In doing so, this has had a negative effect on the ergonomics of many of the most popular mirrorless cameras.
From my personal experience, I’ve always found Sony Alpha and Fujifilm X-series mirrorless cameras rather uncomfortable to use.
There are some exceptions, but it’s only recently that these brands are producing cameras with ergonomics that are more akin to the average DSLR.
Despite some recent Sony and Fujifilm models offering better ergonomics than their predecessors, generally speaking, DSLRs offer deeper grips and more spaced-out buttons, lending to a more comfortable shooting experience – especially for those of us with bigger hands!
Canon and Nikon have taken a different approach with the release of their R and Z series camera respectively, choosing to replicate (and improve on) the ergonomics of their popular DSLR cameras.
Whether this undermines one of the main advantages of shooting mirrorless (i.e. the reduced size) is arguable, but one thing’s for sure – larger bodies offer better balance and a more comfortable shooting experience when using larger lenses.
More ‘Involved’ Shooting Experience
This final advantage of DSLR vs mirrorless cameras is subjective, but mostly holds true if you speak to photographers who’ve shot with both systems.
Since mirrorless cameras do a lot of the hard work for you (with regards to focus and exposure), it’s sometimes akin to ‘shooting with a mini computer’.
DSLRs on the other hand force the photographer to make exposure calculations themselves, with the OVF simply providing a’ window to peer through’.
For some, this experience is valuable and more enjoyable than letting a camera take over.
From my perspective as a professional wedding photographer, a mirrorless camera undoubtedly makes my job easier. However, I found shooting with a DSLR more fun and rewarding.
For a beginner, choosing a DSLR could mean a more thorough understanding of exposure, or at the very least, a way to ‘go back’, if for whatever reason they can no longer use, or no longer wish to use a mirrorless camera.
It’s a bit like knowing how to drive a manual car even though you drive an automatic ;-)
Lower Starting Price
In general, you can get an entry-level DSLR for a lower price than an entry-level mirrorless camera.
If you opt for a second hand DSLR, this is where real bargains can be found, especially if you’re looking for a cheap full frame camera.
(Ironically, this is probably due to the fact that the DSLR user has switched to mirrorless!)
The Canon 6D Mark II is a good example of an excellent full frame DSLR body that has dropped significantly in price, and represents excellent value for money.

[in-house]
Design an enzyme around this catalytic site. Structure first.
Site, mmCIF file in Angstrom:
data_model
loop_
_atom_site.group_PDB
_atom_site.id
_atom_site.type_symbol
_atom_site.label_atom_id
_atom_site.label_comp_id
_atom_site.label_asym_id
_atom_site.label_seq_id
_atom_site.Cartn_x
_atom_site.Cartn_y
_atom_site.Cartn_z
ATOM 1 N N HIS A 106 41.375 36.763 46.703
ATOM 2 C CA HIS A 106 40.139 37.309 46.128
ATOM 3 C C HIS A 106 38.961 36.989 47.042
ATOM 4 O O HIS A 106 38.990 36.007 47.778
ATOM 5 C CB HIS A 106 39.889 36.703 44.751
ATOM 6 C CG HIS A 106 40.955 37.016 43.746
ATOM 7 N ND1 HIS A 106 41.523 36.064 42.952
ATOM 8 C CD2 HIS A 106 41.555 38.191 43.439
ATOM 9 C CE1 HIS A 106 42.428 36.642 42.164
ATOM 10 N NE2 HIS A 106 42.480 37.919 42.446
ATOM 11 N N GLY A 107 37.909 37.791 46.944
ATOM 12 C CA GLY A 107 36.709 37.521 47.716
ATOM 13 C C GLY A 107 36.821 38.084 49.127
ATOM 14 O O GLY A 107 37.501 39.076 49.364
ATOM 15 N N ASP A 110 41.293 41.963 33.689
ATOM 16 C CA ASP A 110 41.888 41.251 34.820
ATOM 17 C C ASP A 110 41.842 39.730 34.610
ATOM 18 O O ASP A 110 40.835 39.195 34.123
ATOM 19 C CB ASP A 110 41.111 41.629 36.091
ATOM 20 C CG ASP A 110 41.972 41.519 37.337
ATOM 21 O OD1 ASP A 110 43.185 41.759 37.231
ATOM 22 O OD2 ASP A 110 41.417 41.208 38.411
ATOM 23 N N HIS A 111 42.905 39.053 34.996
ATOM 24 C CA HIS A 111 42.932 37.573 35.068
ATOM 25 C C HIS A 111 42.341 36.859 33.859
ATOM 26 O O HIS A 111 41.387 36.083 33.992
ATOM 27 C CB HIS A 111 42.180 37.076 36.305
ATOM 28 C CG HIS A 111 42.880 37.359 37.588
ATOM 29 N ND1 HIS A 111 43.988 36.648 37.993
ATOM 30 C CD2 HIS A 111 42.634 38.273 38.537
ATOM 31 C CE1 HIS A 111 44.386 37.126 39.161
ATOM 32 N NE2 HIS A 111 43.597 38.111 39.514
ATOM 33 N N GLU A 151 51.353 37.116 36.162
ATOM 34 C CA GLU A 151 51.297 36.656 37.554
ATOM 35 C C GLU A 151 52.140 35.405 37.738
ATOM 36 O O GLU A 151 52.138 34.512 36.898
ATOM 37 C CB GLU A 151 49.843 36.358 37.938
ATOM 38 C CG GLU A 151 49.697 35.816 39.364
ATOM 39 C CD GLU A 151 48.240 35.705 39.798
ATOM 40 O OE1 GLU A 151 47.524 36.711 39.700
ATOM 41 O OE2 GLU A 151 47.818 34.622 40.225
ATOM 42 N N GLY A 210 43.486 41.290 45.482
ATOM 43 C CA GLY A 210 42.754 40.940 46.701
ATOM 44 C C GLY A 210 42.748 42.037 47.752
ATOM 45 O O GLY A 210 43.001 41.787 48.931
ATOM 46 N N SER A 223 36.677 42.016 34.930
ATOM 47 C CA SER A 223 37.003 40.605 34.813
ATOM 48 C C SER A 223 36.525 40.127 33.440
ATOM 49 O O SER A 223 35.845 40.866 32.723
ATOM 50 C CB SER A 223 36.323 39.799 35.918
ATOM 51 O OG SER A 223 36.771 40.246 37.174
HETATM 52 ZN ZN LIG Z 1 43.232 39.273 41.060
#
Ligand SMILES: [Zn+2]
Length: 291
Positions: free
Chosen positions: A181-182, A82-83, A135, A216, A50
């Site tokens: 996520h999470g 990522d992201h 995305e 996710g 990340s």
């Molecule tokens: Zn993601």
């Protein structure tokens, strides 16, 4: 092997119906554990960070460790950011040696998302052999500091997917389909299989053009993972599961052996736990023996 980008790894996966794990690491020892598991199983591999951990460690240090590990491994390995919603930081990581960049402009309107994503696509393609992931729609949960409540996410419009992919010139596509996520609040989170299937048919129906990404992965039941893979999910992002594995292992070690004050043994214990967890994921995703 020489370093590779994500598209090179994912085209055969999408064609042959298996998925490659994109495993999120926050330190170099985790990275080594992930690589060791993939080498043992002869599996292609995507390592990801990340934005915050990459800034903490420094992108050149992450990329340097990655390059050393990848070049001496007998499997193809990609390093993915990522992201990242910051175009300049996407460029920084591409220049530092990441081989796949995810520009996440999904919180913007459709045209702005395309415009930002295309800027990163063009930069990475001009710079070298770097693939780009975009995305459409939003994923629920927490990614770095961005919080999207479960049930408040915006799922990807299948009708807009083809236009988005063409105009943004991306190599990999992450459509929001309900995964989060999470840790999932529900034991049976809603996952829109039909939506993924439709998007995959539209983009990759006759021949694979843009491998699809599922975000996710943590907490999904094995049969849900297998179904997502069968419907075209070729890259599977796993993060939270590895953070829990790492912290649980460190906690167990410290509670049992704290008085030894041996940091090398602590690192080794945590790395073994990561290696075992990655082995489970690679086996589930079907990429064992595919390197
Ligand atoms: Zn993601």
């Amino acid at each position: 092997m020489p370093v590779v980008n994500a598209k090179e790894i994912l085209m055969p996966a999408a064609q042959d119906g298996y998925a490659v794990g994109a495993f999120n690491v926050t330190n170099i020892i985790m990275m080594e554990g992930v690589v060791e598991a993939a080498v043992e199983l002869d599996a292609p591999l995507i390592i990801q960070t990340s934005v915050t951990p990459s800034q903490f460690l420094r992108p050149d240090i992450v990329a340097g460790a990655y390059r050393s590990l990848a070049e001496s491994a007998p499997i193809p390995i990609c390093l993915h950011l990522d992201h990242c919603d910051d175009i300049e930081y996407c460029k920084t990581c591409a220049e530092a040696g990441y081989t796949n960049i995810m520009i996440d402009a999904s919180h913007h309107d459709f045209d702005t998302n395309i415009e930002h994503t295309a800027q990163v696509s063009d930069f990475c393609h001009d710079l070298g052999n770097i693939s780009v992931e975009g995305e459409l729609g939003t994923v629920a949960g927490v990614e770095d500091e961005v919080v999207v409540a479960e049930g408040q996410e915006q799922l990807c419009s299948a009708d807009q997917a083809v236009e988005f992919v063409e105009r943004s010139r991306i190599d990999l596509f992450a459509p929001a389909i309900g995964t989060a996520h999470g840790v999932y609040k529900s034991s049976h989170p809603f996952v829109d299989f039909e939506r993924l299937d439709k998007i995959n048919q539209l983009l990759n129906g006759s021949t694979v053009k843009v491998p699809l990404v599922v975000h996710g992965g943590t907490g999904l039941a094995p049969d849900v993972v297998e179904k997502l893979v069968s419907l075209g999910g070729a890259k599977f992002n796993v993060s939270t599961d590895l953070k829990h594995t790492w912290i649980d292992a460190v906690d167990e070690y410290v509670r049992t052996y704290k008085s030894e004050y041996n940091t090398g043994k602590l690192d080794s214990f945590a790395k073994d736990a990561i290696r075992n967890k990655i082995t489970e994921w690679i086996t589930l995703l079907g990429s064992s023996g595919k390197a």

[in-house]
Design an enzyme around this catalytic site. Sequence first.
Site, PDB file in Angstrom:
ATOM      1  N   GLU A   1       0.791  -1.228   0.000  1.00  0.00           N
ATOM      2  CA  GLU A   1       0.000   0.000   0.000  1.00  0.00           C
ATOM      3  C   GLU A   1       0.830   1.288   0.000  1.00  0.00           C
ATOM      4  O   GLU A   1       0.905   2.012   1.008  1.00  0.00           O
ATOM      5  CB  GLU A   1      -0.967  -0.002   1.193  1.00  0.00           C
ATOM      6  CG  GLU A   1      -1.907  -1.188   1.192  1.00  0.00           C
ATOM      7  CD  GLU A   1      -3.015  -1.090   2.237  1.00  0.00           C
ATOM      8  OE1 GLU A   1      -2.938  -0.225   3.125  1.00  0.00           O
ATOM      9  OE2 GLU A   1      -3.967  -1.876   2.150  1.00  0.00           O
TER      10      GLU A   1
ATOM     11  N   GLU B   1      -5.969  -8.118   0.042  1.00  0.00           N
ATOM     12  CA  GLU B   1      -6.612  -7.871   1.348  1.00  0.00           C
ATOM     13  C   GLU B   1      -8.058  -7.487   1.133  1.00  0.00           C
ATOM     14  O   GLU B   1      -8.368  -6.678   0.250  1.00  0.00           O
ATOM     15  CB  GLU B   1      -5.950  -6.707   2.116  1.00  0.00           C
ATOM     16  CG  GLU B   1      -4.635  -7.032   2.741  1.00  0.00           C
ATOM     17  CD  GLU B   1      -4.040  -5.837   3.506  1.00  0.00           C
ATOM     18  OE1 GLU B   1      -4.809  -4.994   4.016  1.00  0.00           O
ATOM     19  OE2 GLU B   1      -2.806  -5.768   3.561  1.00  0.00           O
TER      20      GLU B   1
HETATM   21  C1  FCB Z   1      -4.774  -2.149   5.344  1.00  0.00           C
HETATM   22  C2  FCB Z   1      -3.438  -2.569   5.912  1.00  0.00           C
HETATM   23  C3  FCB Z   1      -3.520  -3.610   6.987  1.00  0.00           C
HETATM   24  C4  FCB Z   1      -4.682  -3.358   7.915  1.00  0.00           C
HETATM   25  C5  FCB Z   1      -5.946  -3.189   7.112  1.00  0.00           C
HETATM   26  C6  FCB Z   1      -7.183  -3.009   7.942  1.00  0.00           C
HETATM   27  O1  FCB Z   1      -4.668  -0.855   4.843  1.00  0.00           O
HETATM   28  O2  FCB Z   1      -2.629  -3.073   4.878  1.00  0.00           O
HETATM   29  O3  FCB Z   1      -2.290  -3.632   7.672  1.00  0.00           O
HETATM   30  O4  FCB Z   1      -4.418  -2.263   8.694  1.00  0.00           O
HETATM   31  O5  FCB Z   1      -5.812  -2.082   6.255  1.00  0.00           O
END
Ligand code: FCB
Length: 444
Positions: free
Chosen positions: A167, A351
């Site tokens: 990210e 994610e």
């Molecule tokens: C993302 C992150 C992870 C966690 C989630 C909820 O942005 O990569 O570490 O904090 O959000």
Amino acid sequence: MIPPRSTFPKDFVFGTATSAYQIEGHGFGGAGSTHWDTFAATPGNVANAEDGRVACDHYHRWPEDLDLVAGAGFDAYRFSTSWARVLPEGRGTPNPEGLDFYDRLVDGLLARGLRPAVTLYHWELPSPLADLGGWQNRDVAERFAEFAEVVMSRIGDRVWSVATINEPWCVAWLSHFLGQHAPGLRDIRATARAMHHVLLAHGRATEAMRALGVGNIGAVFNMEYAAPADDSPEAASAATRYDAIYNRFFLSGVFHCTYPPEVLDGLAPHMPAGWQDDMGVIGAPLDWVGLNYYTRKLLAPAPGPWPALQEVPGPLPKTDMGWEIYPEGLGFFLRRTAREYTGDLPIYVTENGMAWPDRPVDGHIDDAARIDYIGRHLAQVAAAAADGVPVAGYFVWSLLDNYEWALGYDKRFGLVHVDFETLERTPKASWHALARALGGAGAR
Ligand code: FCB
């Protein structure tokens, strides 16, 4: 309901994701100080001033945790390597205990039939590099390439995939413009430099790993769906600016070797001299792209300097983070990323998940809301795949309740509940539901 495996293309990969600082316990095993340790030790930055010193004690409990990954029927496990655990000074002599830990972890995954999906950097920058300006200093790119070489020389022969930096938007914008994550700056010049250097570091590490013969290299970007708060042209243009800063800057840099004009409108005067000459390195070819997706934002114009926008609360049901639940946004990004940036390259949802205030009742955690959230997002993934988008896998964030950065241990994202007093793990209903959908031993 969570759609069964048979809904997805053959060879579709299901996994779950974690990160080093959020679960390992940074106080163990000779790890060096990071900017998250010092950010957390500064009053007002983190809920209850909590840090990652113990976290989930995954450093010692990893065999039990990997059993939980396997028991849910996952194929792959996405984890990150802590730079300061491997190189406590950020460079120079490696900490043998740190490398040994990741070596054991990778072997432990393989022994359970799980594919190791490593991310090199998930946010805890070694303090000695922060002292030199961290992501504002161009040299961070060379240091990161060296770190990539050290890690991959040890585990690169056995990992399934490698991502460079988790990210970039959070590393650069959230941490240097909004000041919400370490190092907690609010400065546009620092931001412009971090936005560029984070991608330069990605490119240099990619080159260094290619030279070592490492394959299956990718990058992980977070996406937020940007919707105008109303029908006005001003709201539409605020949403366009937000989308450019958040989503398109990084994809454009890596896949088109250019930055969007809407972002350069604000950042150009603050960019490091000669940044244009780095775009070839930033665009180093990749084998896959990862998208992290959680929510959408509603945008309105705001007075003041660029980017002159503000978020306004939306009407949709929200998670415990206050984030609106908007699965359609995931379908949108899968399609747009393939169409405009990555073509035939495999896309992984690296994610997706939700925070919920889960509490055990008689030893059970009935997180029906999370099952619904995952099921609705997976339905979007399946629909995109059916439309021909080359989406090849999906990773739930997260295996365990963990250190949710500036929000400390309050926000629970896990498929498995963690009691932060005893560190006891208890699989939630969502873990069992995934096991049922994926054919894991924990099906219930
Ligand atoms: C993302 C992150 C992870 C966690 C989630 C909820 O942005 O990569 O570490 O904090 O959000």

If you’re prepared to shoot with an older model mirrolress body, the Sony a7II offers great bang for the buck too.
Recommended DSLR Cameras
There are so many great DSLR cameras available right now, but here are a few that offer excellent bang for your buck:
- Budget: Nikon D3400 or Canon T7
- Midrange: Nikon D750 or Canon 6D Mark II
- High end: Nikon D780 or Canon 5D Mark IV
The flagship Nikon D series and Canon 1D series cameras are reserved for professional photographers who need the most robust weather-proof bodies, the longest battery life, and the fastest frame rates.
The trade off is in size, weight and cost.
Frequently Asked Questions
Will mirrorless cameras replace DSLR?
Judging by the technological advances of DSLR vs mirrorless cameras, DSLRs are definitely a dying breed. Whether mirrorless cameras will replace them entirely is arguable, but we can definitely expect a reduction in DSLR camera releases in coming years.
Do professionals use mirrorless cameras?
Yes, but they also use DSLR cameras too, depending on the genre of photography.
Are mirrorless cameras better in low light?
Both DSLRs and mirrorless cameras can perform well in low light. It’s more a question of the size of the sensor than the camera format – bigger sensors allow more light to be captured.
Can I use a DSLR lens on a mirrorless camera?
In most cases, yes, but only with a specific adapter.
DSLR vs Mirrorless | Final Words
If you’ve read this far, it should be clear to you that mirrorless cameras offer a lot more for your money here in 2020.
However, DSLRs are not dead just yet! They still offer several advantages over their modern counterparts, although how important are they to you?
When choosing a camera, it’s important to consider the brand – Fujifilm and Sony are heavily invested in the mirrorless format, whereas Nikon and Canon have many years of experience in the DSLR realm. They also offer many more lenses.
Recently, Nikon and Canon have started to produce some excellent full frame and APS-C mirrorless camera bodies, but they still have some catching up to do.
At the end of the day, both mirrorless and DSLR cameras can produce stellar images. Many amateur and professional photographers still use and purchase DSLRs, and have no intention of switching to the mirrorless format.
Similarly, many photographers are invested in the mirrorless system, and would never go back to DSLR (or have perhaps never even used a DSLR!)
Finally, there are some ‘hybrid’ photographers who get the best of both worlds, or perhaps, can’t bear to let go of their beloved DSLR. I fall into this camp :-)
I hope this guide has been useful to you.
Leave a comment below with the type of camera you use, and why you chose it.
Disclaimer: All recommendations are impartial and based on user experience, with no bias to the products or the brand. The products in this post may contain affiliate links.